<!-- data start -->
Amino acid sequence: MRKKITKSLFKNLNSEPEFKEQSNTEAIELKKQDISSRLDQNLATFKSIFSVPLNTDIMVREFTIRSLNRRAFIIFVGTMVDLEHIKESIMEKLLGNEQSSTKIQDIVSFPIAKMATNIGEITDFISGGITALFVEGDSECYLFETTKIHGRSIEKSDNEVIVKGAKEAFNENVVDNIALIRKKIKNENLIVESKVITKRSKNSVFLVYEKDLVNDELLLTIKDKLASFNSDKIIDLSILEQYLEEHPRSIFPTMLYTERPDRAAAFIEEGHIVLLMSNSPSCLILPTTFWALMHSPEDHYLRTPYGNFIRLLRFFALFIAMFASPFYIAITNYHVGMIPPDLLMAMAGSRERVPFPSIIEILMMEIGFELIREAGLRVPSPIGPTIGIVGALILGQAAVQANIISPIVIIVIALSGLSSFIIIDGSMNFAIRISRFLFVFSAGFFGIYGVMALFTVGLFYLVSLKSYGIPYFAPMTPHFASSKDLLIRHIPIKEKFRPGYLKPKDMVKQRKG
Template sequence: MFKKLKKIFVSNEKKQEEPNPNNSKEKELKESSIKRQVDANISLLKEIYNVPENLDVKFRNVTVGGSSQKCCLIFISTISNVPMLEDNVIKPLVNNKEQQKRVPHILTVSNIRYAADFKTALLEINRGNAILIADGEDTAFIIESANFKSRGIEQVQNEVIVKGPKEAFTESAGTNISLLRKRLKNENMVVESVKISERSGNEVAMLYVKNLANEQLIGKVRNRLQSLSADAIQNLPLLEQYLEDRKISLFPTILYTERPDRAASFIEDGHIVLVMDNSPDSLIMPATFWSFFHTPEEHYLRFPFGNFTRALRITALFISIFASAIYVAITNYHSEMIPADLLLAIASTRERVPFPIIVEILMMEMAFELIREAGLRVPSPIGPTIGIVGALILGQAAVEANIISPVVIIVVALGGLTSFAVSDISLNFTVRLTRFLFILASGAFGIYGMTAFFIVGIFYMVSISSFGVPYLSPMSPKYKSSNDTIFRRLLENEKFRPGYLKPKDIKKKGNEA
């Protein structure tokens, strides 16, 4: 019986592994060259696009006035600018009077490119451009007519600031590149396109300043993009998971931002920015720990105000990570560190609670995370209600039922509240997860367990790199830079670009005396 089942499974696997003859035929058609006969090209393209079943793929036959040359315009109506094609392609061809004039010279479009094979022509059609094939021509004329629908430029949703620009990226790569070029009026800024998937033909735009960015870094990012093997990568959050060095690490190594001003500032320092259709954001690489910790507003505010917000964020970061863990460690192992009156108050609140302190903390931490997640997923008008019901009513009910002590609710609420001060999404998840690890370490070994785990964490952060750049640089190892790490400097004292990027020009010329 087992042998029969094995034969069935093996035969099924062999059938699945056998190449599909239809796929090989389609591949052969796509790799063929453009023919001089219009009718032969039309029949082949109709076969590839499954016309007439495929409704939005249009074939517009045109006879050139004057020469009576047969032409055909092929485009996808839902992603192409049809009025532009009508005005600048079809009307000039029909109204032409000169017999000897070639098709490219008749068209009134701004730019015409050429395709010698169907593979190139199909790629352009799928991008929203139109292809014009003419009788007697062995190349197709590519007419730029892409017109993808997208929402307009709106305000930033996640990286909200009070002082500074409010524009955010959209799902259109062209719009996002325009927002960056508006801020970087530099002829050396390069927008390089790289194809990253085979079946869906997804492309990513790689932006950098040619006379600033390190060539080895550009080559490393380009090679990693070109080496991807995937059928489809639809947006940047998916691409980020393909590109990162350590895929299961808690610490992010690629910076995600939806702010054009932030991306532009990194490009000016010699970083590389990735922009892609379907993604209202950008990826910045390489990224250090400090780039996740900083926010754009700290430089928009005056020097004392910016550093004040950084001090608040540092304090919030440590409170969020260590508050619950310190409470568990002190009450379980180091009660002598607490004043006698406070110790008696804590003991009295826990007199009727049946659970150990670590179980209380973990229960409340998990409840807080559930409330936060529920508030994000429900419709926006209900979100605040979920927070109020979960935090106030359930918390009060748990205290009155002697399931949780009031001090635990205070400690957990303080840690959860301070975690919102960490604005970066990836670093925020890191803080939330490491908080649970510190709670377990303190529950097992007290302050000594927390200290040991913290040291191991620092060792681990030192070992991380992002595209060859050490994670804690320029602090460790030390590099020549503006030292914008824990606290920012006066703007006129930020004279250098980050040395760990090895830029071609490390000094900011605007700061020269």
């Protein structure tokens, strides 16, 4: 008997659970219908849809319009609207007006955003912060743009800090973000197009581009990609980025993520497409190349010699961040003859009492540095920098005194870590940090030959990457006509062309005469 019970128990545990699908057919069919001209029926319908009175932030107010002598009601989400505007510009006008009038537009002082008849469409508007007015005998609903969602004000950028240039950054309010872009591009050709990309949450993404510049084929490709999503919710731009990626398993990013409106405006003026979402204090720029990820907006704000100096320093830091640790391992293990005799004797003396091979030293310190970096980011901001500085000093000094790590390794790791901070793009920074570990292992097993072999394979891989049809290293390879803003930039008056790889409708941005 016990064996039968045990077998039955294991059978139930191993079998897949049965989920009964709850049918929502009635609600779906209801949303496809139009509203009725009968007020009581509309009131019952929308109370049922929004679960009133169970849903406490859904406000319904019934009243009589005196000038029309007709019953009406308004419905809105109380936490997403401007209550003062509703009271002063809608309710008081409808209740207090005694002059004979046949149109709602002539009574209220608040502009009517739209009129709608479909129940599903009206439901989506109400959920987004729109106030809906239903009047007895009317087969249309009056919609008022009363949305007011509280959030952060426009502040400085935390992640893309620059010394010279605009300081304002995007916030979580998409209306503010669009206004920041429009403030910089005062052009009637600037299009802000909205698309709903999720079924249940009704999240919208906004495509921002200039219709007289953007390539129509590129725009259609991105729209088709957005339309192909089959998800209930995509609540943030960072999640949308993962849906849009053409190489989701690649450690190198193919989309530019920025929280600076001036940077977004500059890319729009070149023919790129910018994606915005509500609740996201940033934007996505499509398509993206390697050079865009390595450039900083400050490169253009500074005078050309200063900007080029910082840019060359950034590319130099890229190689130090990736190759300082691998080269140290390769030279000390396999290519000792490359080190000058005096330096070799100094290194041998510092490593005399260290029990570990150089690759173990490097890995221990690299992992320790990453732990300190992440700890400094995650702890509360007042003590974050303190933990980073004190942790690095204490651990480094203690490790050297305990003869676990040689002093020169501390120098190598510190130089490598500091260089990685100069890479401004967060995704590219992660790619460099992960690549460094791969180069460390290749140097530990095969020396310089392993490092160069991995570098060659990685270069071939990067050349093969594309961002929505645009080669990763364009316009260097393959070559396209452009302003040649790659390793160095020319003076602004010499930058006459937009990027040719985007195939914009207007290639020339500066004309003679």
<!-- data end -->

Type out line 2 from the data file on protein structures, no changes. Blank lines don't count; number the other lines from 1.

Template sequence: MFKKLKKIFVSNEKKQEEPNPNNSKEKELKESSIKRQVDANISLLKEIYNVPENLDVKFRNVTVGGSSQKCCLIFISTISNVPMLEDNVIKPLVNNKEQQKRVPHILTVSNIRYAADFKTALLEINRGNAILIADGEDTAFIIESANFKSRGIEQVQNEVIVKGPKEAFTESAGTNISLLRKRLKNENMVVESVKISERSGNEVAMLYVKNLANEQLIGKVRNRLQSLSADAIQNLPLLEQYLEDRKISLFPTILYTERPDRAASFIEDGHIVLVMDNSPDSLIMPATFWSFFHTPEEHYLRFPFGNFTRALRITALFISIFASAIYVAITNYHSEMIPADLLLAIASTRERVPFPIIVEILMMEMAFELIREAGLRVPSPIGPTIGIVGALILGQAAVEANIISPVVIIVVALGGLTSFAVSDISLNFTVRLTRFLFILASGAFGIYGMTAFFIVGIFYMVSISSFGVPYLSPMSPKYKSSNDTIFRRLLENEKFRPGYLKPKDIKKKGNEA